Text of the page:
“When Aminah heard the painful news, she fainted and I stayed by her bedside while she was in a state between life and death. There was no one else but me in Aminah’s house. I nursed her and looked after her during the day and through the long nights until she gave birth to her child, “Muhammad”, on a night in which the heavens were resplendent with the light of Allah.” When Muhammad was born, Barakah was the first to hold him in her arms. His grandfather came and took him to the Kaaba and with all Makkah, celebrated his birth. Barakah stayed with Aminah while Muhammad was sent with the lady Halima who looked after him in the bracing atmosphere of the open desert. At the end of five years, he was brought back to Makkah and Aminah received him with tenderness and love and Barakah welcomed him “with joy, longing and admiration”. When Muhammad was six years old, his mother decided to visit the grave of her husband, Abdullah, in Medina. Both Barakah and Abdul-Muttalib tried to dissuade her. Aminah however was determined. So one morning they set off- Aminah, Muhammad and Barakah huddled together in a small hawdaj mounted on a large camel, part of a huge caravan that was going to Syria. In order to shield the tender child from any pain and worry, Aminah did not tell Muhammad that she was going to visit the grave of his father. The caravan went at a brisk pace. Barakah tried to console Aminah for her son’s sake and much of the time the boy Muhammad slept with his arms around Barakah’s neck. The caravan took ten days to reach Medina. The boy Muhammad was left with his maternal uncles of the Banu Najjar while Aminah went to visit the grave of Abdullah. Each day for a few weeks she stayed at the grave. She was consumed by grief. On the way back to Makkah, Aminah became seriously ill with fever. Halfway between Medina and Makkah, at a place called al-Abwa, they stopped. Aminah’s health deteriorated rapidly. One pitch dark night, she was running a high temperature. The fever had got to her head and she called out to Barakah in a choking voice.
Barakah related: “She whispered in my ear: ‘O Barakah, I shall depart from this world shortly. I commend my son Muhammad to your care. He lost his father while he was in my abdomen. Here he is now, losing his mother under his very eyes. Be a mother to him, Barakah. And don’t ever leave him.” “My heart was shattered and I began to sob and wail. The child was distressed by my wailing and began to weep. He threw himself into his mother’s arms and held tightly onto her neck. She gave one last moan and then was forever silent.” Barakah wept. She wept bitterly. With her own hands she dug a grave in the sand and buried Aminah, moistening the grave with whatever tears were left in her heart. Barakah returned with the orphan child to Makkah and placed him in the care of his grandfather. She stayed at his house to look after him. When Abdul-Muttalib died two years later, she went with the child to the house of his uncle Abu Talib and continued to look after his needs until he was grown up and married the lady Khadijah. Barakah then stayed with Muhammad (SAW) and Khadijah (RA) in a house belonging to Khadijah (RA). “I never left him and he never left me,” she said. One day Muhammad (SAW), called out to her and said: “Ya Ummah!” (He always called her “Mother”.) “Now I am a married man, and you are still unmarried. What do you think if someone should come now and ask to marry you?” Barakah looked at Muhammad (SAW) and said: “I shall never leave you. Does a mother abandon her son?” Muhammad (SAW) smiled and kissed her head. He looked at his wife Khadijah (RA) and said to her: “This is Barakah. This is my mother after my own mother. She is the rest of my family.” Barakah looked at the lady Khadijah (RA) who said to her: “Barakah, you have sacrificed your youth for the sake of Muhammad (SAW). Now he wants to pay back some of his obligations to you. For my sake and his, agree to be married before old age overtakes you.” M”Whom shall I marry, my lady?” asked Barakah. “There is here now Ubayd ibn Zayd from the Khazraj tribe of Medina. He has come to us seeking your hand in marriage. For my sake, don’t refuse.” Barakah agreed. She married Ubayd ibn Zayd and went with him to Medina. There she gave birth to a son whom she called Ayman and from that time onwards people called her “Umm Ayman” the mother of Ayman. Her marriage however did not last very long. Her husband died and she returned once more to Makkah to live with her “son” Muhammad in the house of the lady Khadijah. Living in the same household at the time were Ali ibn Abi Talib, Hind (Khadijah’s daughter by her first husband), and Zaid ibn Harith. Zaid was an Arab from the tribe of Kalb who was captured as a boy and brought to Makkah to be sold in the slave market. He was bought by Khadijah’s nephew and put in her service. In Khadijah’s (RA) household, Zaid became attached to Muhammad (SAW) and devoted himself to his service. Their relationship was like that of a son to a father. Indeed when Zaid’s father came to Makkah in search of him, Zaid was given the choice by Muhammad (SAW) of either going with his father or staying with him. Zaid’s reply to his father was: “I shall never leave this man. He has treated me nobly, as a father would treat his son. Not single days have I felt that I am a slave. He has looked after me well. He is kind and loving towards me and strives for my enjoyment and happiness. He is the most noble of men and the greatest person in creation. How can I leave him and go with you?…I shall never leave him.” Later, in public Muhammad (SAW) proclaimed the freedom of Zaid. However, Zaid continued to live with him as part of his household and devoted himself to his service. When Muhammad (SAW) was blessed with prophet hood, Barakah and Zaid were among the first to believe in the message he proclaimed. They bore with the early Muslims the persecution which the Quraish meted out to them. Barakah and Zaid performed invaluable services to the mission of Rasulullah (SAW). They acted as part of an intelligence service exposing themselves to the persecution and punishment of the Quraish and risking their lives to gain information on the plans and conspiracies of the mushrikin. One night the mushrikin blocked off the roads leading to the House of al-Arqam where Rasulullah (SAW) gathered his companions regularly to instruct them in the teachings of Islam. Barakah had some urgent information from Khadijah (RA) which had to be conveyed to Rasulullah (SAW). She risked her life trying to reach the House of al-Arqam. When she arrived and conveyed the message Rasulullah (SAW), he smiled and said to her: “You are blessed, Umm Ayman. Surely you have a place in Paradise.” When Umm Ayman left, Rasulullah (SAW) looked at his companions and asked: “Should one of you desire to marry a woman from the people of Paradise, let him marry Umm Ayman.” All the companions remained silent and did not utter a word. Umm Ayman was neither beautiful nor attractive. She was by now about fifty years old and looked rather frail. Zaid ibn al-Harithah however came forward and said: “Messenger of Allah, I shall marry Umm Ayman. By Allah, she is better than women who have grace and beauty.” Zaid and Umm Ayman were married and were blessed with a son whom they named Usamah. Rasulullah (SAW), loved Usamah as his own son. Often he played with him, kissed him and fed him with his own hands. The Muslims would say: “He is the beloved son of the beloved.” From an early age Usamah distinguished himself in the service of lslam, and was later given weighty responsibilities by Rasulullah (SAW).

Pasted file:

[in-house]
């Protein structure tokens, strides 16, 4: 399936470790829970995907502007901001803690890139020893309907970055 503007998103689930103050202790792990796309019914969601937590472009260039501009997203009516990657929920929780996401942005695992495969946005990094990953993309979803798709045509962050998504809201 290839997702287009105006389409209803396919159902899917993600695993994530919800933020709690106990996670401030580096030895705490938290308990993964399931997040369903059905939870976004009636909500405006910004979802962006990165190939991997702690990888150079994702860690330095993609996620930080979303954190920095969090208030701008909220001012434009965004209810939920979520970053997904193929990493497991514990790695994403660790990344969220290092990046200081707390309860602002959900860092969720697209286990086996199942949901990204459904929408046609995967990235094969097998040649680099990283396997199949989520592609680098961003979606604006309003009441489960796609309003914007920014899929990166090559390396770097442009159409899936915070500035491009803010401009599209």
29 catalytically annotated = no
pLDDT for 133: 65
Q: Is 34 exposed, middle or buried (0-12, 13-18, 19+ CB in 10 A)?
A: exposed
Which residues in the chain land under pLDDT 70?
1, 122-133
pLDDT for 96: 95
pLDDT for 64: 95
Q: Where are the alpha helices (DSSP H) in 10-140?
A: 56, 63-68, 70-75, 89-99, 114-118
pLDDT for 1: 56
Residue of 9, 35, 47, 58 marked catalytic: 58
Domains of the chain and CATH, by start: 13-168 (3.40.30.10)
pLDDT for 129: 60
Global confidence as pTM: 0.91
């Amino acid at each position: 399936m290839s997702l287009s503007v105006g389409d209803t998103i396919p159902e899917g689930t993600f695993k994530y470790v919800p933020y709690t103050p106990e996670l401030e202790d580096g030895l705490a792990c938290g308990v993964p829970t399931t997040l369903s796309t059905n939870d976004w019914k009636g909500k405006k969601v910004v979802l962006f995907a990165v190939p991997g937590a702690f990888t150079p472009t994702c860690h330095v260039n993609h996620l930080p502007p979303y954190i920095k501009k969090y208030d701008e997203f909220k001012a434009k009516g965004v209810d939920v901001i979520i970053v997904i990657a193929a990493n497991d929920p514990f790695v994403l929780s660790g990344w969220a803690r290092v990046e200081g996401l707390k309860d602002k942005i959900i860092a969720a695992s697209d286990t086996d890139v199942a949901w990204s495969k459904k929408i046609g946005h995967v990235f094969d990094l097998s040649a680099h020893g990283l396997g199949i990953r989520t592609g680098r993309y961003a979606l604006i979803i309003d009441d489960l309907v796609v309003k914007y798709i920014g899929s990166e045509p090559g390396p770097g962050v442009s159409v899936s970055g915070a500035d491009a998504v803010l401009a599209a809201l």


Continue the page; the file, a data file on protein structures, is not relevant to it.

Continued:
When Rasulullah (SAW) migrated to Medina, he left Umm Ayman behind in Makkah to look after certain special affairs in his household. Eventually she migrated to Medina on her own. She made the long and difficult journey through the desert and mountainous terrain on foot. The heat was killing and sandstorms obscured the way but she persisted, borne along by her deep love and attachment Rasulullah (SAW) When she reached Medina, her feet were sore and swollen and her face was covered with sand and dust.
“Ya Umm Ayman! Ya Ummi! (O Umm Ayman! O my mother!) Indeed for you is a place in Paradise!” exclaimed Rasulullah (SAW) when he saw her. He wiped her face and eyes, massaged her feet and rubbed her shoulders with his kind and gentle hands.
At Medina, Umm Ayman played her full part in the affairs of the Muslims. At Uhud she distributed water to the thirsty and tended the wounded. She accompanied Rasulullah (SAW) on some expeditions, to Khaibar and Hunayn for example. Her son Ayman, a devoted companion of Rasulullah (SAW) was martyred at Hunayn in the eighth year after the Hijrah. Barakah’s husband, Zaid, was killed at the Battle of Mutah in Syria after a lifetime of distinguished service to Rasulullah (SAW) and Islam. Barakah at this time was about seventy years old and spent much of her time at home. Rasulullah (SAW), accompanied by Abu Bakr(RA) and Umar(RA) often visited her and asked: “Ya Ummi! Are you well?” and she would reply: “I am well, O Messenger of Allah so long as Islam is.”
Barakah was unique in that she was the only one who was so close to Rasulullah (SAW) throughout his life from birth till death. Her life was one of selfless service in Rasulullah (SAW) household. She remained deeply devoted to the person of the noble, gentle and caring Rasulullah (SAW). Above all, her devotion to the religion of Islam was strong and unshakable. She died during the caliphate of Uthman (RA) and her place in Paradise was assured.
BARAKAH, better known as Hazrat Umm Ayman (RA) is one of the very few persons, if not the only woman to have the special honour of having witnessed the different stages of the life Rasulullah (SAW) from before his birth, through his childhood – through his young and adult life through – to his demise.
A SPECIAL HONOUR INDEED !